Advancing the Science and Surgery of Endometriosis
Monday and Tuesday, April 19, 2016
The Union Club, New York
I tell you I love New York. We went to see Woody Allen last night and it was such a great show. A guy had to wake up every now and again and play his clarinet so it was a good show, we did enjoy it.
I think I would like to start with showing you why I personally feel that endometriosis can be cured and should be cured. I will give you the reasons why but let me just show you a case first and see how it progresses. This is an interesting case from the early 1990s, actually before I was at Columbia. Look at that pelvis. She had extensive vaginal disease and you do not see any evidence of any retrograde menstruation there at all, do you? You say, “Well my gosh, this should be an easy case”. Now this is the early 1990s. As I always do I start with my scissors, the old blunt scissors. I cannot get into much trouble with a blunt scissor. I work away with that. I open up the septum between the rectum and the vagina. I hold the camera in my right hand so I am very close to the tissue all the time. I operate with my non-dominant hand, my left hand because that is closest, closest to my assistant who stands between the patient’s legs in most cases.
Look at this now, I am way down in the septum. That is a CO2 laser, which is for some of you a new device, for us it was great. I am way down in the pelvis. I have opened the septum and I am taking out – you can see how fibrotic that is. It is like she had no retrograde menstruation. She did not have an implant in her pelvis, on her ovaries, on her tubes, anywhere in the pelvis and look at the amount of disease that is present. We can pick it up, grab it and try to excise it in many pieces. It is like a hot dog between the rectum and the vagina is what it was. She was sent to me from – I was in Pennsylvania then – she was sent to me from New Jersey when she was 18 years old. Nobody knew what to do with her. She was in acute pain all the time. Her mother found my name somewhere along the line but she brought her there to me. Again, that is the CO2 laser, trying to develop a shelf. I knew I was going to have to open up the vagina at some point and remove the vaginal disease. I did not know how far I would have to get on the rectum. You can see I use a suction irrigator. Now you who use a suction irrigator have suction irrigators with all those holes in the end. Mine never had holes in the tips so I could get an accurate stream, I could get accurate suction. I could also suction the tissue to hold it upward.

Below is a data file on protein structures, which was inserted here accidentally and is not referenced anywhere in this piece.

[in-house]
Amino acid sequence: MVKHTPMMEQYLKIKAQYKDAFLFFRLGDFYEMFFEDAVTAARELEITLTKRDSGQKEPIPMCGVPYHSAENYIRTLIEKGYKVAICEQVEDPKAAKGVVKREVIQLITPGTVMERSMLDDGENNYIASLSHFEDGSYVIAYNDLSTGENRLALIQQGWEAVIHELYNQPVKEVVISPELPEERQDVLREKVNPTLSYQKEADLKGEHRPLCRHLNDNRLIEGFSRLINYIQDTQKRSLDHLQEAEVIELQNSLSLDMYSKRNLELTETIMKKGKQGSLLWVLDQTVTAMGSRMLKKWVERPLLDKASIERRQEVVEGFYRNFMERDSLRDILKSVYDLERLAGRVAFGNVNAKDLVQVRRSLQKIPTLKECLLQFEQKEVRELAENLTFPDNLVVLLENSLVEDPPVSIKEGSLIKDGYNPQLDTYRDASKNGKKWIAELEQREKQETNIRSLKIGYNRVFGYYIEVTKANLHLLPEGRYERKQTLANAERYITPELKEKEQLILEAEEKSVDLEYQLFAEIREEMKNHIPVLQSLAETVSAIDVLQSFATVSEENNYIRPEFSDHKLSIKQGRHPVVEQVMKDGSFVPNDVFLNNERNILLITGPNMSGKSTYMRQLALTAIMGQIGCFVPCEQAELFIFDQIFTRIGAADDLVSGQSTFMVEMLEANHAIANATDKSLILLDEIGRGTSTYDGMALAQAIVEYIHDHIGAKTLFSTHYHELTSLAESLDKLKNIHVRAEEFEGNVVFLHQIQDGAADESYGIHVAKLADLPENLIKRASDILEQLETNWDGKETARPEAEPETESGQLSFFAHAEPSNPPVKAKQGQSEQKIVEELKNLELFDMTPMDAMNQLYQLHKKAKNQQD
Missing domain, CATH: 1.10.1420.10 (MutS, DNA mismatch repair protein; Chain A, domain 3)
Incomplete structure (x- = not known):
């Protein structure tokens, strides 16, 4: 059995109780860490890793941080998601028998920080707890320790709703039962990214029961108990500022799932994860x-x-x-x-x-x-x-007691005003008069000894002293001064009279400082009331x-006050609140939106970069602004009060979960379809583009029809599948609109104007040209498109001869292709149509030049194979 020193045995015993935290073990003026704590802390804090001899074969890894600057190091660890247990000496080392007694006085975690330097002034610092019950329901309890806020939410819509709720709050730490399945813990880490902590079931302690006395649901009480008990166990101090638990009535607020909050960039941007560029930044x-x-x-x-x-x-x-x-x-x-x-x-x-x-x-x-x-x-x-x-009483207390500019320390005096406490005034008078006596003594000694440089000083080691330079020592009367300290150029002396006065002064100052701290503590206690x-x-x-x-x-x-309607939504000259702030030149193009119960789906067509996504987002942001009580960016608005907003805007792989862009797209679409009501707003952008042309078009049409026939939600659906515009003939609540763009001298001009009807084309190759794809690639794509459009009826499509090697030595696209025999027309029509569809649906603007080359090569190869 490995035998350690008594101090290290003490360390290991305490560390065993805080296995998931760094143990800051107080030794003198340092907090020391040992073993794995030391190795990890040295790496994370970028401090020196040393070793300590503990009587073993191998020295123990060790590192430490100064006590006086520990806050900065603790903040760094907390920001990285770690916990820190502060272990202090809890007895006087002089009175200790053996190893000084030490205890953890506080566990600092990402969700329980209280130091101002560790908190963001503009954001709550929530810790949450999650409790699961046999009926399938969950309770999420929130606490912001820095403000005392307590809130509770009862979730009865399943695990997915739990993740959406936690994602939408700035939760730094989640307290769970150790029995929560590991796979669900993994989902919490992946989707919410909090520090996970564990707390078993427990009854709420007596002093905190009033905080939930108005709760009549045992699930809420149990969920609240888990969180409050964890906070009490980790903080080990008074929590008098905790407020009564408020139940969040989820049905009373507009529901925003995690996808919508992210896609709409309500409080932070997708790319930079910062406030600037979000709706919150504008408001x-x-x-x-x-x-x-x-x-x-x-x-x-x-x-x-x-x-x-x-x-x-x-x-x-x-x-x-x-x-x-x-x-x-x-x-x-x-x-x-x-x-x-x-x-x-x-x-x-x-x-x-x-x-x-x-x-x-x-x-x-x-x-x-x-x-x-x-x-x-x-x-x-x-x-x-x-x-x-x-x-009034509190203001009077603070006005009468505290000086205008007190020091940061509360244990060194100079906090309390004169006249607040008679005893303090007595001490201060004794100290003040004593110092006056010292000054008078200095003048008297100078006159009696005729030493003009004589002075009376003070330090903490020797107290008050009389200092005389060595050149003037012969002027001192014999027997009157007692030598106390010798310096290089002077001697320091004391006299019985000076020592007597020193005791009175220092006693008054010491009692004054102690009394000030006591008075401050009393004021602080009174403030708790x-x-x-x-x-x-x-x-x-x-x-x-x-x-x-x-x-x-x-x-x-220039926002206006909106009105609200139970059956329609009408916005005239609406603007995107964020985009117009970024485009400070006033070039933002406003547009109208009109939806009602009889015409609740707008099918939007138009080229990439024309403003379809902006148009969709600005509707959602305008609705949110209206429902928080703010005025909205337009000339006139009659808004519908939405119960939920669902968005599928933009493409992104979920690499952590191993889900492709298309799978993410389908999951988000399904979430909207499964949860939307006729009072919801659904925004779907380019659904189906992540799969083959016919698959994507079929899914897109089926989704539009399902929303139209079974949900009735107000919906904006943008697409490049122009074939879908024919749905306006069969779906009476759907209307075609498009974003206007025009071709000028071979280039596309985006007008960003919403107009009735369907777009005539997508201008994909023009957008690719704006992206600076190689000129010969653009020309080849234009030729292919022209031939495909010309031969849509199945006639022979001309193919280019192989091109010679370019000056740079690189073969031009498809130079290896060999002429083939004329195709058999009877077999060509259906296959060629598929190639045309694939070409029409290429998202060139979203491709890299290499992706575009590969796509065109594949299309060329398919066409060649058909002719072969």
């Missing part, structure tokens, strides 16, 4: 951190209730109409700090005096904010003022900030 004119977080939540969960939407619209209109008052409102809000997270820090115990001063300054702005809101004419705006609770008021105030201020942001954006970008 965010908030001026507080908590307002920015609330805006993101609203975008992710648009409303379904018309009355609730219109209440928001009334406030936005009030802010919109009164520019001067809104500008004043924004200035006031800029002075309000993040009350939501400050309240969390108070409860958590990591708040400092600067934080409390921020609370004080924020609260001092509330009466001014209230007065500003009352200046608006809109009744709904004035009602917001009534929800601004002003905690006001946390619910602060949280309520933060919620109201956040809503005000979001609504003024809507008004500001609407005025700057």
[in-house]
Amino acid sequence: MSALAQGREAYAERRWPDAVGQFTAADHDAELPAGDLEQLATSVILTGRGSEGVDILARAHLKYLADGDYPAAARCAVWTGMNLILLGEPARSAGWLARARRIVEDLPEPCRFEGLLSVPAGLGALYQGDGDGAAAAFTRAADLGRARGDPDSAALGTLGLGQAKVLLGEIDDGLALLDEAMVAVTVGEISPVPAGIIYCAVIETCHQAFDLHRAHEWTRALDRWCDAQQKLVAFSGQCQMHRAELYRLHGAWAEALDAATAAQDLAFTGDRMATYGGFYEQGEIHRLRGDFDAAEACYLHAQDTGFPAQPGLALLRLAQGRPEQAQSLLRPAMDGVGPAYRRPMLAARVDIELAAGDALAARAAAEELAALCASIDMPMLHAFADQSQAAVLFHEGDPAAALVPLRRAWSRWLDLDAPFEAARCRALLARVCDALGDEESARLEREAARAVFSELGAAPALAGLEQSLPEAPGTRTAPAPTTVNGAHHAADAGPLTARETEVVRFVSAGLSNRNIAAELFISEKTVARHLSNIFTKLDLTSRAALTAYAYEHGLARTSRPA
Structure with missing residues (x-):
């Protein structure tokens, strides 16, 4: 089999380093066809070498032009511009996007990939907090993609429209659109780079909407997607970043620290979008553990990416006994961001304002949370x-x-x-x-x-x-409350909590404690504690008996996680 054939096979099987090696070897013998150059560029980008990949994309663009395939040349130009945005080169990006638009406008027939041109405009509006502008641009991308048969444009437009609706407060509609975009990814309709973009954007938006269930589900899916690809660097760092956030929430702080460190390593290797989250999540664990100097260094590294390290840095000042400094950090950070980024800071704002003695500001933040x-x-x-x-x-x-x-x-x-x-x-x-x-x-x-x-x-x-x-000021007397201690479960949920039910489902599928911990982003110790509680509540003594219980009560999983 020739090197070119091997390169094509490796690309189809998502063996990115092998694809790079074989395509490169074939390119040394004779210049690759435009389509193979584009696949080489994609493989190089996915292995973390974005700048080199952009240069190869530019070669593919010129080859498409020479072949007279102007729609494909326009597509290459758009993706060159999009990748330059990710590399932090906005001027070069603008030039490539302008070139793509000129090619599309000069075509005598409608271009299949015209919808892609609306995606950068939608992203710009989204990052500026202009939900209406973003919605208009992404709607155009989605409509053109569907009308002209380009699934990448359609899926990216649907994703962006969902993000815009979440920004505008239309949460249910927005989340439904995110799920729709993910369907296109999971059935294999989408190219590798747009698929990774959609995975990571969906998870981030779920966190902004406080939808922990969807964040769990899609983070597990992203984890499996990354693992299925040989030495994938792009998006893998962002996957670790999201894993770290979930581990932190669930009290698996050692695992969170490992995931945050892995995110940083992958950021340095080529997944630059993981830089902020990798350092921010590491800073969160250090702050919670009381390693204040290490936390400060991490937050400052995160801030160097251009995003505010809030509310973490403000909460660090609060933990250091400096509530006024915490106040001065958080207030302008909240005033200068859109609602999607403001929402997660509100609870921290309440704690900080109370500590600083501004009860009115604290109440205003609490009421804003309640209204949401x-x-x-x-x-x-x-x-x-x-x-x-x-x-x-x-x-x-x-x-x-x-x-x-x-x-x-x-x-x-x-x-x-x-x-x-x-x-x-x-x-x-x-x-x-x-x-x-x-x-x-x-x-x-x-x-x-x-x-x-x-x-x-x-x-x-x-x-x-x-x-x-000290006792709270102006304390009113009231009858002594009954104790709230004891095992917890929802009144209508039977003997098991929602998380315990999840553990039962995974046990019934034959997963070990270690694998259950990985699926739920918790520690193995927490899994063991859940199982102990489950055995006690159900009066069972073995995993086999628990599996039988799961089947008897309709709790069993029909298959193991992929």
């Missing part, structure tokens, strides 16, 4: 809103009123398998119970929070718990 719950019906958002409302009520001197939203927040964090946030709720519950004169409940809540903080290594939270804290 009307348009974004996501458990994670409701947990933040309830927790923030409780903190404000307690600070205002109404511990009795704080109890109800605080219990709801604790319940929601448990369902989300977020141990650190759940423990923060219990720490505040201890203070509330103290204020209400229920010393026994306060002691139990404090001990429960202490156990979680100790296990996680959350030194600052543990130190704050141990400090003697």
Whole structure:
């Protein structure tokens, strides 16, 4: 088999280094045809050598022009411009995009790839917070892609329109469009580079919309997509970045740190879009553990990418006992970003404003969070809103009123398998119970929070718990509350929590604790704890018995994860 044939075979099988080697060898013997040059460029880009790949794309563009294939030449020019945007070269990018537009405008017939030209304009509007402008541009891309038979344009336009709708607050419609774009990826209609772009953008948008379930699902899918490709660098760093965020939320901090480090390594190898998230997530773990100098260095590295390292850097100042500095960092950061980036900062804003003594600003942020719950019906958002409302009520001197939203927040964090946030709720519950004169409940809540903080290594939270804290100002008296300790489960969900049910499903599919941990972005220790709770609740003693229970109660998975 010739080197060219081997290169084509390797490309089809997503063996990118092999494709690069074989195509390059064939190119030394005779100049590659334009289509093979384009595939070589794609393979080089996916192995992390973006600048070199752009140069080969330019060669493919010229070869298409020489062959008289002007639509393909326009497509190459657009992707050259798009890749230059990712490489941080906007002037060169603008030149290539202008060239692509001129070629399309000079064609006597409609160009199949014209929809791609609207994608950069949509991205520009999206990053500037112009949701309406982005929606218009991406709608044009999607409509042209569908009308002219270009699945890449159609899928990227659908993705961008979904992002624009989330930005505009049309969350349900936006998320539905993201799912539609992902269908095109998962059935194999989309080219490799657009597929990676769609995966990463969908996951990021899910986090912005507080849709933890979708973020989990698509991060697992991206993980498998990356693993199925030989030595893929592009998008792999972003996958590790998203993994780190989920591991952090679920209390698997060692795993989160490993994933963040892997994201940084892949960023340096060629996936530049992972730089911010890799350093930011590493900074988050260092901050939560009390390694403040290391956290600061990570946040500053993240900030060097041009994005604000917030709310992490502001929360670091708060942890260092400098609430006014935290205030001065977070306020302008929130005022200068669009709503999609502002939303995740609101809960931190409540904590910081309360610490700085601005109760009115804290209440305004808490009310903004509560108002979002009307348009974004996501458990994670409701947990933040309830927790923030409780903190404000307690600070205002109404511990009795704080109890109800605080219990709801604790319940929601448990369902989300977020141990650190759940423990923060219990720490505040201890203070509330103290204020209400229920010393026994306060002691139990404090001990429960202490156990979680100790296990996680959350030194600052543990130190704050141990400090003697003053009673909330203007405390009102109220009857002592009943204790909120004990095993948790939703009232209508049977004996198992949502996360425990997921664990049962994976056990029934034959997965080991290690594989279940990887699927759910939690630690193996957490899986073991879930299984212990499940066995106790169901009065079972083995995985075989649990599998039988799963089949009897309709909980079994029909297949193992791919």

You can see the big sheet of tissue being removed. That is all deep fibrotic endometriosis, it is not D-I-E, it is not DIE, which I do not think exists, it is deep fibrosis, which is what I am operating on. I am not operating on cancer.
(Audience – unintelligible question) You could say that. You could feel it, I said, “Ah” my gosh I knew beforehand I was in trouble but we were going to get it done. Seriously, it was like a hot dog, like a big sausage between her rectum and her vagina. You couldn’t believe that she had – her bowel was clean because of the presentation. There is a moral to this story that I will get to at the end. Bear with me for another few seconds, a few minutes anyway. You see part of it. I just let it lay there. I went back because I knew there was a lot more and I knew at some point I was going to have to open the vagina. That is uterosacral